Filament Dry Box

There has been some recent developments in exploring the impact of moisture on 3D prints, and from my experience so far I’ve found that having dry filament makes a significant difference in both print quality and consistency. For the types of filament that I typically print with, drying the filament drastically reduces the amount of ooze and stringing, resulting in a noticeable improvement in print quality. Filament that is too dry however has terrible bridging characteristics as the plastic tends to become too sticky.

Drying Filament

Drying filament can be done by heating it to a point where moisture will evaporate while keeping the filament below the glass transition temperature so that it doesn’t deform. Common methods to do this involves using an oven, modifying a cheap (<$50) food dehydrator, or use commercial solutions such as PrintDry’s filament dryer. I opted to build my own from space parts I had lying around:

The documentation for the PID temperature controller and Cirrus heater could have been better, but I managed to figure out how to wire it up. The heater’s fan is driven by 24V while the heater’s PTC and temperature controller are both powered directly from 120V AC.

The temperature controller came with a SSR and K-type thermocoupler, but I trialed the SSR and found that it reached 40°C above ambient when powering the heater. With the temperature in the bucket reaching up to 70°C, I wasn’t comfortable with putting a cheap SSR in there as they have a tendency to short when they overheat. Instead, I opted to use a non-solid-state relay that was rated to operate at 70°C.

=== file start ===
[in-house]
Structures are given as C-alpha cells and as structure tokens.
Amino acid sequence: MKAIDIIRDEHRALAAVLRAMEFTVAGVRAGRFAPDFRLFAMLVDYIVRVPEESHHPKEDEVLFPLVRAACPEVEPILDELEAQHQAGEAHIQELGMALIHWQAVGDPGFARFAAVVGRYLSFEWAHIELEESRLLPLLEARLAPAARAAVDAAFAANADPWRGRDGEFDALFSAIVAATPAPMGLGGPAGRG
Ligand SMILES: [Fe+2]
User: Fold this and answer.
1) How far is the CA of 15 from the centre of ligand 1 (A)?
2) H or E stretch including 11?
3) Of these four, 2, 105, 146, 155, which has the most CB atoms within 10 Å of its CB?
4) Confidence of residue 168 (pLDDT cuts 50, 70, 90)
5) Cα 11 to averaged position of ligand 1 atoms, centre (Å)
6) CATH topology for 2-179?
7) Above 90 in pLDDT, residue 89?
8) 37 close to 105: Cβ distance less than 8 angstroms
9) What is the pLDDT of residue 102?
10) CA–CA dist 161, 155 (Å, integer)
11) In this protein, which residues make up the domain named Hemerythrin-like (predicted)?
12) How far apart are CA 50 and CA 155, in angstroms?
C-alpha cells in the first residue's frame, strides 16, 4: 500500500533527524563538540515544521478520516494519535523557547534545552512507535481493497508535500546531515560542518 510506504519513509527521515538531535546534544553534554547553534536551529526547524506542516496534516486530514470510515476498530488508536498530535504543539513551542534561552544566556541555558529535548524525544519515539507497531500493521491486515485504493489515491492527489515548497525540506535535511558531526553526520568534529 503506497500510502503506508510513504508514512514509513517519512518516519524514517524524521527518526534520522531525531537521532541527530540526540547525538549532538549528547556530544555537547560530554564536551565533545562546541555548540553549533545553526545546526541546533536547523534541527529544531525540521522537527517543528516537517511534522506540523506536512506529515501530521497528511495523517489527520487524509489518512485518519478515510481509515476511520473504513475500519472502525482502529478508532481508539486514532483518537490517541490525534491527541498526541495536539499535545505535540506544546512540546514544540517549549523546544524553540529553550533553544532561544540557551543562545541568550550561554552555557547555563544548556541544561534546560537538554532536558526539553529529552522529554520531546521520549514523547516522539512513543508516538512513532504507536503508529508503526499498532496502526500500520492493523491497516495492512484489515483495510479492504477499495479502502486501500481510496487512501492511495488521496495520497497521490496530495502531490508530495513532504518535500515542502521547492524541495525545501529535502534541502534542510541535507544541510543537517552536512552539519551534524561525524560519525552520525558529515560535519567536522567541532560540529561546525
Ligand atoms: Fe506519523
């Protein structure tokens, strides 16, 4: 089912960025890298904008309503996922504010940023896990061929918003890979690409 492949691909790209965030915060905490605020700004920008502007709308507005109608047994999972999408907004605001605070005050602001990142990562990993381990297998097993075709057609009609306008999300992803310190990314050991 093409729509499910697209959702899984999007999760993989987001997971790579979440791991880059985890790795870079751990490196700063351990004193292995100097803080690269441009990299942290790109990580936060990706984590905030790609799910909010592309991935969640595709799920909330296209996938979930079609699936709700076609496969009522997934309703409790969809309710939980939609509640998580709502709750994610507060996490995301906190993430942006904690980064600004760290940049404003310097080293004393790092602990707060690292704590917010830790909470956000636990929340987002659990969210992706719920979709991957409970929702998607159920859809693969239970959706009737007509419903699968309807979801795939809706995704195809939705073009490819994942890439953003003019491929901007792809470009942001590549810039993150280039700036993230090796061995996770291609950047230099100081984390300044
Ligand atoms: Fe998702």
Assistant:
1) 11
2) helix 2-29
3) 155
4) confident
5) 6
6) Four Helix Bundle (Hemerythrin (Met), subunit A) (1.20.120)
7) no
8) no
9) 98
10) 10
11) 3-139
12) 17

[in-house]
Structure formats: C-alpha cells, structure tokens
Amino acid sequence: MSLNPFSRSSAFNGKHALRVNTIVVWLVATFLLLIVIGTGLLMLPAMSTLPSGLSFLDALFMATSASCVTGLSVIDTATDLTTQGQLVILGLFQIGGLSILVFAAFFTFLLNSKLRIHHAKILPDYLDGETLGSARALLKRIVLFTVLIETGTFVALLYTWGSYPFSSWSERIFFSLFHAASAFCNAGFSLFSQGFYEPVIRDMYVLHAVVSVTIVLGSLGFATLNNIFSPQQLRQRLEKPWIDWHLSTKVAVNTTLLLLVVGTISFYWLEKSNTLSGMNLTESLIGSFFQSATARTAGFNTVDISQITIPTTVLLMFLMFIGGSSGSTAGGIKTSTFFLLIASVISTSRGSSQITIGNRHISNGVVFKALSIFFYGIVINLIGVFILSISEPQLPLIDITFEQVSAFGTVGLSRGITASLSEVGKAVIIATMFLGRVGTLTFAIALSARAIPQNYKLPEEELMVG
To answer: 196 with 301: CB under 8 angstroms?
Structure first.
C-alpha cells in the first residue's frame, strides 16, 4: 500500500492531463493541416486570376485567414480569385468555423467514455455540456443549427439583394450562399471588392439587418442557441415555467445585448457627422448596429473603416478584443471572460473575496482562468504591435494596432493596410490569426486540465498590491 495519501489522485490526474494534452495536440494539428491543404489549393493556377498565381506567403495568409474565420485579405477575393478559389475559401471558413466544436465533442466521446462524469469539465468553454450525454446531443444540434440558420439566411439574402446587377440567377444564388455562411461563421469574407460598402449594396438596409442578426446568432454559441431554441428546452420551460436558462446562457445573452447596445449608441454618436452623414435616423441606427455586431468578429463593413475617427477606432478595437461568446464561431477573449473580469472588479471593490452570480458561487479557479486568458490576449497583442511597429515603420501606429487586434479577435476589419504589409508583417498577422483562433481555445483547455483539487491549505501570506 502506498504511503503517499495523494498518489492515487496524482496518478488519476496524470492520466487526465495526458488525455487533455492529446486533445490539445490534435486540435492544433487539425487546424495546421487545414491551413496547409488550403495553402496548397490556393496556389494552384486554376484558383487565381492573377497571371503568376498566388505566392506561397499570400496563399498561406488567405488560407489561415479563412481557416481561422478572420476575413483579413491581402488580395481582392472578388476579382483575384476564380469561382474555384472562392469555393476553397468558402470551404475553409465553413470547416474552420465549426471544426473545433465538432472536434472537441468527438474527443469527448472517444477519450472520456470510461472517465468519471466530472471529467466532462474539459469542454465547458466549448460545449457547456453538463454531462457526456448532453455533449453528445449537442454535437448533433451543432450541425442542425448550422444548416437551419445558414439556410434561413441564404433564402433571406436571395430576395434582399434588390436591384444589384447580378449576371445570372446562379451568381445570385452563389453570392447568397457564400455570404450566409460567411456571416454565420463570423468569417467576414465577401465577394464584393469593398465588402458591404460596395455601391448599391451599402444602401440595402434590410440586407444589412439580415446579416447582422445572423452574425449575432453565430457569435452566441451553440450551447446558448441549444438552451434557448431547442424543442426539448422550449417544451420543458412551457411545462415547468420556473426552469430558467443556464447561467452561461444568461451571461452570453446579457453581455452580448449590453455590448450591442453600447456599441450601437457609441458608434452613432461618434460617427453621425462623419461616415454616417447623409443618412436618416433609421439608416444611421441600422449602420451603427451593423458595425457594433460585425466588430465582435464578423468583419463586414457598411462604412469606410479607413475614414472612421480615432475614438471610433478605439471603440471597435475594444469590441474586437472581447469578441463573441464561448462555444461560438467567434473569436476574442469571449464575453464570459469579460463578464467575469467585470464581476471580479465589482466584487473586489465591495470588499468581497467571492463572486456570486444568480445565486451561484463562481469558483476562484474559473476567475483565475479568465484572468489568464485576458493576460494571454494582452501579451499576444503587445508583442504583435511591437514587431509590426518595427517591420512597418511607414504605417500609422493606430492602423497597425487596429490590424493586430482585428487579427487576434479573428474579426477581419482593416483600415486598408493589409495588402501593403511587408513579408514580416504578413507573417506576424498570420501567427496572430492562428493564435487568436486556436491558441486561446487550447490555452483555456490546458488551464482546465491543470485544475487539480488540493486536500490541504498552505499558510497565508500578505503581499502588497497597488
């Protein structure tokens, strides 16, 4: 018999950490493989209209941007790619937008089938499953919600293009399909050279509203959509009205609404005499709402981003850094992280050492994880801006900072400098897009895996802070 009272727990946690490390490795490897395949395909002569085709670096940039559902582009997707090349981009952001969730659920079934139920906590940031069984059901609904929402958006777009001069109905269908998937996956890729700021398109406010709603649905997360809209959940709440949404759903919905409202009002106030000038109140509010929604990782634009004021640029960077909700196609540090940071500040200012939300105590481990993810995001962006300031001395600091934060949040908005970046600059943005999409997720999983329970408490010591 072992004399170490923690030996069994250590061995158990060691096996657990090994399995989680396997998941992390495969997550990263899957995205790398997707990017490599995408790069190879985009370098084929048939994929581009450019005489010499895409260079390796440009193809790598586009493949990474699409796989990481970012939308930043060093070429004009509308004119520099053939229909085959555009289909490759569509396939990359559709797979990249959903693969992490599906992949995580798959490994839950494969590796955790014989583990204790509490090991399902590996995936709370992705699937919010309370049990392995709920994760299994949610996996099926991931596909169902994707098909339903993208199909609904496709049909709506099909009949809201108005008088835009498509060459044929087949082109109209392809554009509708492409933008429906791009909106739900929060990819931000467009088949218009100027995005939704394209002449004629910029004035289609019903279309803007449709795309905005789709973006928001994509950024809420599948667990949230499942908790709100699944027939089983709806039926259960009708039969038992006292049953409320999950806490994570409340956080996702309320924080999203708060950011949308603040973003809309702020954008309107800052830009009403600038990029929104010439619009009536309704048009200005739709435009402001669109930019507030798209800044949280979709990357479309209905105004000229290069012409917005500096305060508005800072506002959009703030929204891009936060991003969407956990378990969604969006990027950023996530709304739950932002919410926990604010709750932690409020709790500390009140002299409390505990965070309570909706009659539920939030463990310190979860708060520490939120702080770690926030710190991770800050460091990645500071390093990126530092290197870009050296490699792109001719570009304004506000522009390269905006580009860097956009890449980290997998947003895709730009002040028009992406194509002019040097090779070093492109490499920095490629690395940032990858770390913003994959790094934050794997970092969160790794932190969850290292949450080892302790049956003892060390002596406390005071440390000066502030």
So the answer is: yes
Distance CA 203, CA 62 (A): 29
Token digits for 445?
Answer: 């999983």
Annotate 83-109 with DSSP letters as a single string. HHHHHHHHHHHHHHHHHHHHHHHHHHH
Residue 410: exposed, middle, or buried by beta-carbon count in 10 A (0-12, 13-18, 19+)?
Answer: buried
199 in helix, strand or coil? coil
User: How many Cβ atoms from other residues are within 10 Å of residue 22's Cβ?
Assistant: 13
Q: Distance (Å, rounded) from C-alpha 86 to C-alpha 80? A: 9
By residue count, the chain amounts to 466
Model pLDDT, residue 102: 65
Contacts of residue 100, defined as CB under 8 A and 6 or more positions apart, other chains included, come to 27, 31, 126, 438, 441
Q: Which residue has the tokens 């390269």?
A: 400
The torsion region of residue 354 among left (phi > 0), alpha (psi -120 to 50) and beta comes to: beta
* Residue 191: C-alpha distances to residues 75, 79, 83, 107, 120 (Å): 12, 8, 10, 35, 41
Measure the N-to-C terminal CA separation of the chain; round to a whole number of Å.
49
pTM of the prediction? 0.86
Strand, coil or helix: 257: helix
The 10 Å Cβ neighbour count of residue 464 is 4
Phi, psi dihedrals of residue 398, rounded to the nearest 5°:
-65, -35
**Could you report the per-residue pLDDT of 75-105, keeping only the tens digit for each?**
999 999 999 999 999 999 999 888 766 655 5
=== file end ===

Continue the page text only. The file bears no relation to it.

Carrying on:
The K-type thermocoupler that came with the temperature controller didn’t work very well as it had too slow of a response time and could only maintain ±5°C in the bucket even with PID control enabled. After replacing it with a PT100 RTD, the temperature variance in the (fully sealed) bucket was reduced to ±1°C.

The main drawback that I found with this bucket design is that the temperature inside the bucket is tightly correlated with the amount of airflow across the probe. When the probe was placed at the bottom of the bucket with two rolls of filament stacked horizontally on top of it, the top roll of filament reached 20°C above the intended temperature as it was directly under the heater.

I then tried placing the temperature probe midway up the side of the bucket and arranged two rolls of filament vertically to flank the probe on both sides. This worked fairly well to circulate the hot air fairly evenly throughout the bucket, but didn’t offer much safety in the event of a fan failure. Finally, I ended up placing the temperature probe at the fan’s air intake underneath the heater. This ensured that the circulated air reached the desired temperature and will also prevents the heater turning on if the fan catastrophically fails.

Drying Temperature Table

Material Temperature Time Material Temperature Time
PLA 45°C > 4 Hours HIPS 60°C > 4 Hours
PVA 45°C > 10 Hours PETG 65°C > 2 Hours
TPU/TPE 50°C > 12 Hours CPE 65°C > 2 Hours
PP 55°C > 6 Hours Nylon 70°C > 12 Hours
ABS 60°C > 2 Hours PC 70°C > 6 Hours
ASA 60°C > 4 Hours Desiccant 100°C > 4 Hours

Long Term Filament Storage

Design files for this portion of the project can be found here and here

Given that drying a roll of filament can take 24H or longer, it’s also important to also store the filament in a moisture proof container with low humidity (but not too low!). I opted to go with a few Sterilite 80qt Gasket Boxes here that have the capacity to hold up to 8 rolls of filament each. Humidity inside each dry box was monitored with an AcuRite digital hygrometer.